recertification; and modify fees.  
A. What is the rationale for changing the rules instead of leaving them as currently written?  
The proposed rule set primarily updates the previously adopted rules and puts the rules in a format that it is more user  
friendly.  
8. Describe how the proposed rules protect the health, safety, and welfare of Michigan citizens while promoting a  
regulatory environment in Michigan that is the least burdensome alternative for those required to comply.  
The proposed rules provide a regulatory mechanism for the practice of qualified interpreters. To protect the health and  
safety of Michigan’s citizens, it is important that members of the profession adhere to minimal educational and  
professional standards.  
9. Describe any rules in the affected rule set that are obsolete or unnecessary and can be rescinded.  
MCL 24.245(3)  
RIS-Page 6  
R 393.5005 provides for verification of interpreter qualifications. This rule is being rescinded as the Act requires that  
the division, now Department, shall keep and annually update a listing of qualified, intermediary, and deaf  
interpreters and shall make the listing available to appointing authorities.  
R 393.5023, R 393.5024, R 393.5025, and R 393.5026 provide the interpreter levels and educational interpreter  
qualifications, which are modified in the proposed rules and listed as basic qualified interpreter, advanced qualified  
interpreter, educational qualified interpreter, and qualified deaf interpreter.  
R 393.5027 provides the exceptions to the qualified interpreter rules. These exceptions have been moved and  
rewritten as Part 4. Exception, Waiver, Exemptions, which clarify the process for a school district to use the  
exception to the 4.0 educational standard for an educational qualified interpreter; clarify the use of a waiver to the  
requirement to use a qualified interpreter; clarify exemptions to state certification;  
R 393.5032 provides the requirements for reciprocity. This rule is being rescinded as the proposed rules require that  
all interpreters in this state must meet this state’s requirements.  
R 393.5058 provides for waivers to the requirement to use a qualified interpreter. This rule is being rescinded because  
the Act provides for the waiver.  
R 393.5075 provides for hearings. The rule has been moved and modified.  
R 393.5083 provides for the CE requirements for endorsements. The proposed rules have moved all of the CE  
requirements to one rule.  
R 393.5086 provides for an independent study as CE. The proposed rules include a list of CE that is automatically  
approved and all other CE programs must be submitted for approval.  
10. Please provide the fiscal impact on the agency (an estimate of the cost of rule imposition or potential savings  
for the agency promulgating the rule).  
The proposed rules are being placed in ASL. The cost of translation is approximately $8,000.00.  
11. Describe whether or not an agency appropriation has been made or a funding source provided for any  
expenditures associated with the proposed rules.  
No agency appropriation has been made nor has a funding source been provided for expenditures associated with  
implementing these rules.  
12. Describe how the proposed rules are necessary and suitable to accomplish their purpose, in relationship to the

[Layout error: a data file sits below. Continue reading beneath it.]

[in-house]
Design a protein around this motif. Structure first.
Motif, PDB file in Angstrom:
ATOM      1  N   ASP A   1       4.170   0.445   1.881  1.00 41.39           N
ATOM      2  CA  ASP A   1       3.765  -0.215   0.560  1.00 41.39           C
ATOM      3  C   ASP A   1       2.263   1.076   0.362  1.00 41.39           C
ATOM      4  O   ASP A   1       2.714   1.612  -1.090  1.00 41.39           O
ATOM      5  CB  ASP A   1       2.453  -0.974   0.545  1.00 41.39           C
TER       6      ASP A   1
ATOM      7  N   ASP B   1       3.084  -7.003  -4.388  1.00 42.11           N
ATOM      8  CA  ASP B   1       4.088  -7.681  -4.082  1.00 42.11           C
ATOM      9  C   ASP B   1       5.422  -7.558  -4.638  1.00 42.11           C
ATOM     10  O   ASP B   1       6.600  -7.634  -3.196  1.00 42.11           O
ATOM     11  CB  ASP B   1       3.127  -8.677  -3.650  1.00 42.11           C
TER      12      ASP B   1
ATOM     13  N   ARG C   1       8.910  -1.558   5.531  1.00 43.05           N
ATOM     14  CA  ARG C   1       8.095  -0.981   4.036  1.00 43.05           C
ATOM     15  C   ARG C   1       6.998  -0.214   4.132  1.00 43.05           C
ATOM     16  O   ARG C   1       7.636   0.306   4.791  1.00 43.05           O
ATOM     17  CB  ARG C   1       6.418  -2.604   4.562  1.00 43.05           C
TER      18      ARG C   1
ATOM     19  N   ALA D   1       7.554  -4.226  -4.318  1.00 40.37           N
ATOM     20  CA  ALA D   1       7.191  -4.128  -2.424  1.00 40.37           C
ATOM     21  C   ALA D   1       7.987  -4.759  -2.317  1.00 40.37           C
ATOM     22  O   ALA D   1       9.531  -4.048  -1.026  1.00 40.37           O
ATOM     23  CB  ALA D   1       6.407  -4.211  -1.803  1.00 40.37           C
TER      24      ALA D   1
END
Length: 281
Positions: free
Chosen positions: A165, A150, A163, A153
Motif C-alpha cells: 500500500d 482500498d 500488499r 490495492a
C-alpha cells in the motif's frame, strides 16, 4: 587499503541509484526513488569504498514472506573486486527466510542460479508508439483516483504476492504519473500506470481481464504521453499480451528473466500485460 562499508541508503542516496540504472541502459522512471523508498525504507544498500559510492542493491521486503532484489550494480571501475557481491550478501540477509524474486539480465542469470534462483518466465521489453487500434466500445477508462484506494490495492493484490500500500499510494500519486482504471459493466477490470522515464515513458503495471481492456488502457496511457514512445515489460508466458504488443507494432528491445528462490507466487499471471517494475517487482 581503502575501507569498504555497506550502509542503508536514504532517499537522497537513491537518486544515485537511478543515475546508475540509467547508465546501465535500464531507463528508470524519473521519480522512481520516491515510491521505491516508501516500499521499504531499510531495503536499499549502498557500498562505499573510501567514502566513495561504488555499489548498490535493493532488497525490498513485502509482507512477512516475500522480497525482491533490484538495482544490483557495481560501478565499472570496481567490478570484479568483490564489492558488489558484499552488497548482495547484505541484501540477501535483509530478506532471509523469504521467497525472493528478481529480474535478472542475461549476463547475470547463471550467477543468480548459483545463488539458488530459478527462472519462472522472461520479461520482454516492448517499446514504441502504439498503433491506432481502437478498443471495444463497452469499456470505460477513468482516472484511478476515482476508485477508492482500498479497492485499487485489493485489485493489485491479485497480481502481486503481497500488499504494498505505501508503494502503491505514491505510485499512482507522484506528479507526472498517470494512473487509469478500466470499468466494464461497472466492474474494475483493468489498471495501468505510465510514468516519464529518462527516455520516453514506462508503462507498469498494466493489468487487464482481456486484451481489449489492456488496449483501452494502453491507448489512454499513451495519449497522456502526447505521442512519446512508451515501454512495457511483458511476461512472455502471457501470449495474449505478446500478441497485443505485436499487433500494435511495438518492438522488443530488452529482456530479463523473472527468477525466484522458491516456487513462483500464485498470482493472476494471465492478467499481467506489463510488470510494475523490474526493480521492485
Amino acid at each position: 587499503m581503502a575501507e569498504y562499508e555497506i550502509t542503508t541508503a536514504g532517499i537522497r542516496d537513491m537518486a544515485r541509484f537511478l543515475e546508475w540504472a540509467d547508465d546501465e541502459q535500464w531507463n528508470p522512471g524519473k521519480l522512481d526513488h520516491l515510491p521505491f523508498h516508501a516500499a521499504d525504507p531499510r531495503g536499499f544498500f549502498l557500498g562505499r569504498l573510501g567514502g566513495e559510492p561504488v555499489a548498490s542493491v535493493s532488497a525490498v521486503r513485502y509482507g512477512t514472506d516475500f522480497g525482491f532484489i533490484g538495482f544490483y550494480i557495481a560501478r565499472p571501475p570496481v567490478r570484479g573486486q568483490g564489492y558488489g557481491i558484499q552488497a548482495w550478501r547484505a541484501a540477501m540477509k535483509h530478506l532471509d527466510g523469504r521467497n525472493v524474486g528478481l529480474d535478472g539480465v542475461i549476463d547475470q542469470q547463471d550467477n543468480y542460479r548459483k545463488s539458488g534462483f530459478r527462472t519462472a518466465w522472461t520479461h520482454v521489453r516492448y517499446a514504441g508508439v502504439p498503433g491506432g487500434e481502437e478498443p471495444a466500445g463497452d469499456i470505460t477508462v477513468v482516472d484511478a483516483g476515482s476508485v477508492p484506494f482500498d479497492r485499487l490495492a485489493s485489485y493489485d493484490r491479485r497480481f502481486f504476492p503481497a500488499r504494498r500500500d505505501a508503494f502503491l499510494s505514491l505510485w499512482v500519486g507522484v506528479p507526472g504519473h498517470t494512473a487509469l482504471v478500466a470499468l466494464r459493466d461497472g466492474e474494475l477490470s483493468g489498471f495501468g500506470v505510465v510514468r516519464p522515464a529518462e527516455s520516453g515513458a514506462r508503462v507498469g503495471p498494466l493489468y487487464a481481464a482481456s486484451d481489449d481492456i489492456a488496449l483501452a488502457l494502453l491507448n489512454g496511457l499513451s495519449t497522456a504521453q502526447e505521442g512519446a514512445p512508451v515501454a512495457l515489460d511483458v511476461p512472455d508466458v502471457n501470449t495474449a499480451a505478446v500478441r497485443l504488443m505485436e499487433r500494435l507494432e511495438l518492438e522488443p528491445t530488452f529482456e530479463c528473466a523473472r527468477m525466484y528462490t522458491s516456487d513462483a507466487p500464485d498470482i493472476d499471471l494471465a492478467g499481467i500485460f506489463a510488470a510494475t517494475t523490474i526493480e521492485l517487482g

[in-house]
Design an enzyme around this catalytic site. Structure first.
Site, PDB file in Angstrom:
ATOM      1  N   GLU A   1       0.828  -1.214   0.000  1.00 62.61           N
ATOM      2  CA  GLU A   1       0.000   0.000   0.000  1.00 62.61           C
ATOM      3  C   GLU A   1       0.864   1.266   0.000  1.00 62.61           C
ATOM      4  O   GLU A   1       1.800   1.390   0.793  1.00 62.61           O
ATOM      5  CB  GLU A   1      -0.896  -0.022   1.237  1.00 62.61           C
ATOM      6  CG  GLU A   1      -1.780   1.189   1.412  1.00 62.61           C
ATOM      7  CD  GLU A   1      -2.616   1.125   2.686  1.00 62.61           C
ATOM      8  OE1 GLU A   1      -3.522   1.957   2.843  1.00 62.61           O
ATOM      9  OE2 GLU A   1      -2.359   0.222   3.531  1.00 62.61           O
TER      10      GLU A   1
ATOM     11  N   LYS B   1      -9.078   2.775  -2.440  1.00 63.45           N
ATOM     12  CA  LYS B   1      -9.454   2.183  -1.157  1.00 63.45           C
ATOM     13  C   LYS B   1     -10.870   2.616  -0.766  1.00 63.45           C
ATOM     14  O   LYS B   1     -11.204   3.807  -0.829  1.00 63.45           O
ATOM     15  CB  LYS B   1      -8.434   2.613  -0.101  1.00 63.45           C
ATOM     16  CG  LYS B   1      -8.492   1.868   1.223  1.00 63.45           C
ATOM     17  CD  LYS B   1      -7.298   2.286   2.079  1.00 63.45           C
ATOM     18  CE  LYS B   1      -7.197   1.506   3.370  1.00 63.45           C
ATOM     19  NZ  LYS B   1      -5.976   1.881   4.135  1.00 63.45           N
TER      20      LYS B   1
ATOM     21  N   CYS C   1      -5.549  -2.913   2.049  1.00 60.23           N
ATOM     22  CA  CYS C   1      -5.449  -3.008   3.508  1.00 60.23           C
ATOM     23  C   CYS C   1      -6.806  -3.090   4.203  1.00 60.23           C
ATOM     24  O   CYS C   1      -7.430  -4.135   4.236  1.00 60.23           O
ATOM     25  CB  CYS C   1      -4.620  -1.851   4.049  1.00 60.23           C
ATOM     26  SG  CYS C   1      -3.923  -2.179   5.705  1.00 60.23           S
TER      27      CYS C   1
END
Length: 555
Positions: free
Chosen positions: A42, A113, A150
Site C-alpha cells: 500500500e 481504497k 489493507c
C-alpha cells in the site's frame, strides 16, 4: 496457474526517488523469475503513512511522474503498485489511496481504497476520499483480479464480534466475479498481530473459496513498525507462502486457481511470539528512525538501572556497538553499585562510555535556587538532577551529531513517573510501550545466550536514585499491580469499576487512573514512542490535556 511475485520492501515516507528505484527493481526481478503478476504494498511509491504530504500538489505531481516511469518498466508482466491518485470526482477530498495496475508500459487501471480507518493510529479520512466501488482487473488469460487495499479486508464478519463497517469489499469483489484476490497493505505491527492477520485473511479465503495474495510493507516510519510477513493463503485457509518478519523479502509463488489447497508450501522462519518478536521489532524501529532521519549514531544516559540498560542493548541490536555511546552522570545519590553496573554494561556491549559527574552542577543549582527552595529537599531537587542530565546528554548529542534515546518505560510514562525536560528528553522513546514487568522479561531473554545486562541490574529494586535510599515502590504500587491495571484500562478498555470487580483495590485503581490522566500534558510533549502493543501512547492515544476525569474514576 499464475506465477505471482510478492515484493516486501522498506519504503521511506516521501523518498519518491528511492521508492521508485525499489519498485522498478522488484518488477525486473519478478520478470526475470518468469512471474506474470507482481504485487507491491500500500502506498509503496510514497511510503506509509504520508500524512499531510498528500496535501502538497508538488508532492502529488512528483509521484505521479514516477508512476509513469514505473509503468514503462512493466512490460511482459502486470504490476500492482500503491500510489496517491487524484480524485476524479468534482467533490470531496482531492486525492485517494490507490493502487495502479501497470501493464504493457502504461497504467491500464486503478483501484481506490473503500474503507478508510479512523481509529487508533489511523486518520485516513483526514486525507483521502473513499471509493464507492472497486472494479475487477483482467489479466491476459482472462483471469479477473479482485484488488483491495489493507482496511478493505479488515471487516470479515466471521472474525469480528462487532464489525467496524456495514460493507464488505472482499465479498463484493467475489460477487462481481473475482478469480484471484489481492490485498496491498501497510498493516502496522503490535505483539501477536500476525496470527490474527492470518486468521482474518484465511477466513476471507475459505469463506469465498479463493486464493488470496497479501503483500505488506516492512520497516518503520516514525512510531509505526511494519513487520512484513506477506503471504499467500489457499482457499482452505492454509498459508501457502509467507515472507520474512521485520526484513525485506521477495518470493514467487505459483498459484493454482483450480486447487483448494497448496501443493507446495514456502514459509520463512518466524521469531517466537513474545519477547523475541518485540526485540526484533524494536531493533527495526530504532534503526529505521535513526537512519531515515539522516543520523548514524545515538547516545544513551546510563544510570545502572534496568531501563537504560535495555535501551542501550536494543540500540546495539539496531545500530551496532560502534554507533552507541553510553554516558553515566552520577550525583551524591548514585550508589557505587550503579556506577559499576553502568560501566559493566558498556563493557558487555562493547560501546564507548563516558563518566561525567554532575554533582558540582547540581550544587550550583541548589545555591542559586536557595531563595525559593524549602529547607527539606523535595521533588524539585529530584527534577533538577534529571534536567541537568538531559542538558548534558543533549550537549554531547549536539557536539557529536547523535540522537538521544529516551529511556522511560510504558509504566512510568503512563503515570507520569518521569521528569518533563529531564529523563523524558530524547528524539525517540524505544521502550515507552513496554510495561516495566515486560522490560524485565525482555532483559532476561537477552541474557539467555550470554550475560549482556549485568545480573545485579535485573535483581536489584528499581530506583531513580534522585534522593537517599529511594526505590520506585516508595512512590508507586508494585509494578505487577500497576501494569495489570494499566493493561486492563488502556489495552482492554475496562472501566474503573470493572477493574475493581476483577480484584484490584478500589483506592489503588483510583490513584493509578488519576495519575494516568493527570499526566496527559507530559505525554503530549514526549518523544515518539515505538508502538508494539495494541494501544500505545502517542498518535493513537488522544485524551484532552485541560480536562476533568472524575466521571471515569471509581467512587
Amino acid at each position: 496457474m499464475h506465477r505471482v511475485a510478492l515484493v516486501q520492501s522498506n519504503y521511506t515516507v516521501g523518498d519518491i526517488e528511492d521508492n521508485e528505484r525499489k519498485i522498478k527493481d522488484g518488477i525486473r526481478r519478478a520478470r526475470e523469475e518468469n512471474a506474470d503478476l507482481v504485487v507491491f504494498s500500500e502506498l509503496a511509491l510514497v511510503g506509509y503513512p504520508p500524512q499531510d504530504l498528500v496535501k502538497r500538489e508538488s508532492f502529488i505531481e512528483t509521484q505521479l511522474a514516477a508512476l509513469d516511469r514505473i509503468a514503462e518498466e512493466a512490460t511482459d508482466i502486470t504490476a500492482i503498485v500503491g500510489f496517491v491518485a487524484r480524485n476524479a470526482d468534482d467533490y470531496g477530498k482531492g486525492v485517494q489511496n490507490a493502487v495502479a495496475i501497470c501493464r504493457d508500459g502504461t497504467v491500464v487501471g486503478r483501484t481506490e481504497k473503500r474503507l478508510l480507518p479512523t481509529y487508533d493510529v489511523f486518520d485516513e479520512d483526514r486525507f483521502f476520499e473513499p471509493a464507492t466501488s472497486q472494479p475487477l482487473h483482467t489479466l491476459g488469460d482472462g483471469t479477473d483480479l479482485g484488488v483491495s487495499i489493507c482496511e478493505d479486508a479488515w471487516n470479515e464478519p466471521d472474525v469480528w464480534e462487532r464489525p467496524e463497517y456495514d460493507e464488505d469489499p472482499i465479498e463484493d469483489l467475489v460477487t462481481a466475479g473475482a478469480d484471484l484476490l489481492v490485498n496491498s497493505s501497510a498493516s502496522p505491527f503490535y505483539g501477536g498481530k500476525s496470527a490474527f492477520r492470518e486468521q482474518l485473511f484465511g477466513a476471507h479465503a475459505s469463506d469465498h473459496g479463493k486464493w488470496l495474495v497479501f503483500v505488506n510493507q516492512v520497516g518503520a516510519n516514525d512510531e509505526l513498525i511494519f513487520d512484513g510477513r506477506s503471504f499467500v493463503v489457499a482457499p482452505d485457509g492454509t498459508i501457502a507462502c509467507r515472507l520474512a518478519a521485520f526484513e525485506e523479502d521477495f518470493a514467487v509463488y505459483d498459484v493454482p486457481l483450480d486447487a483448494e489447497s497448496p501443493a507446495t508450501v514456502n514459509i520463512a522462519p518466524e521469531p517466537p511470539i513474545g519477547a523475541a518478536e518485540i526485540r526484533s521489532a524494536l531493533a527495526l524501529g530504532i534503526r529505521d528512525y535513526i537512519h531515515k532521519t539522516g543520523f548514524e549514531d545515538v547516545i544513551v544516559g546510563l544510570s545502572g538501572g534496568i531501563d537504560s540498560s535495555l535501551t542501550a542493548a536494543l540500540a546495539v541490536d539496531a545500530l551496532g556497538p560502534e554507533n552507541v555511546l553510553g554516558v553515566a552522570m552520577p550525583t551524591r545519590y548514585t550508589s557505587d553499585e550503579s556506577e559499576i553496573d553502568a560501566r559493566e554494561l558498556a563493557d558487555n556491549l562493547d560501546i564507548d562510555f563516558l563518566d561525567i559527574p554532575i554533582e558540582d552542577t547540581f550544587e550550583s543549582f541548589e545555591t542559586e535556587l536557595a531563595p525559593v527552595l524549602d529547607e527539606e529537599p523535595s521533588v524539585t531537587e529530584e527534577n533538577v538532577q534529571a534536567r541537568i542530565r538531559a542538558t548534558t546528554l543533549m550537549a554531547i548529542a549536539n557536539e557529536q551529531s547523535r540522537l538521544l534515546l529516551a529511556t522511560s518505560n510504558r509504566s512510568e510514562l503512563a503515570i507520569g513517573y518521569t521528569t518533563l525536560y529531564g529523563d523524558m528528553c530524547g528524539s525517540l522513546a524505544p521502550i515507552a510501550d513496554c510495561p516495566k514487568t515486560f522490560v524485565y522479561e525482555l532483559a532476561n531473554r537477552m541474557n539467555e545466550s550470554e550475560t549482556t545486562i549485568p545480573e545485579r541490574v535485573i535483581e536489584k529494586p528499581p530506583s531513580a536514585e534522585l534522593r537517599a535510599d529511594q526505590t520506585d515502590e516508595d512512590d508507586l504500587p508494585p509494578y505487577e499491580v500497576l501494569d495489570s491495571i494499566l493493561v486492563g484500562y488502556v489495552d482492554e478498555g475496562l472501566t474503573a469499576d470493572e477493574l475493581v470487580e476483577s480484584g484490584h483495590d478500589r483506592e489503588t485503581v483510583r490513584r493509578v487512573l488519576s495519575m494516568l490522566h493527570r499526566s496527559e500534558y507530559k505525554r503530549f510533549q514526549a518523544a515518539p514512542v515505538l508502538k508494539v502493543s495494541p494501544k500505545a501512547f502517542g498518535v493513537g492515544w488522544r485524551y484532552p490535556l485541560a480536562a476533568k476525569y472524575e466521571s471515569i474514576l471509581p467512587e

burden(s) the rules place on individuals. Burdens may include fiscal or administrative burdens, or duplicative  
acts.  
The cost for taking the TEP with the Department is $20.00. The cost of taking the BEI performance test with the  
Department is $125.00 for Michigan residents and $175.00 for non-Michigan residents. The costs to an applicant for  
these examinations will benefit Michigan citizens by ensuring that an interpreter is appropriately trained to assist  
deaf, deafblind, and hard of hearing individuals in this state.  
A. Despite the identified burden(s), identify how the requirements in the rules are still needed and reasonable  
compared to the burdens.  
The rules are required by statute to provide a mechanism for certification and regulation of the profession. The rules  
are not any more restrictive than is allowed by statute. Despite the cost-related burden of certification, the rules and  
regulations are necessary in order to provide a framework of standards for educational, certification, and CE  
requirements.  
13. Estimate any increase or decrease in revenues to other state or local governmental units (i.e. cities, counties,  
school districts) as a result of the rule. Estimate the cost increases or reductions for other state or local  
governmental units (i.e. cities, counties, school districts) as a result of the rule. Include the cost of equipment,  
supplies, labor, and increased administrative costs in both the initial imposition of the rule and any ongoing  
monitoring.  
There are no anticipated increases or decreases in revenues to state or local governmental units as a result of the  
proposed rules.  
14. Discuss any program, service, duty, or responsibility imposed upon any city, county, town, village, or school  
district by the rules.  
There are no anticipated or intended programs, services, duties, or responsibilities imposed on any city, county,  
township, or village. School districts that request an exception from the 4.0 educational standard for an educational  
interpreter must file an application with the Department in which the district describes and attests to its efforts to  
provide a qualified interpreter, and the district asserts and the Department agrees that the unfeasibility of doing so  
necessitates a variance from the rules.  
MCL 24.245(3)  
RIS-Page 7  
A. Describe any actions that governmental units must take to be in compliance with the rules. This section should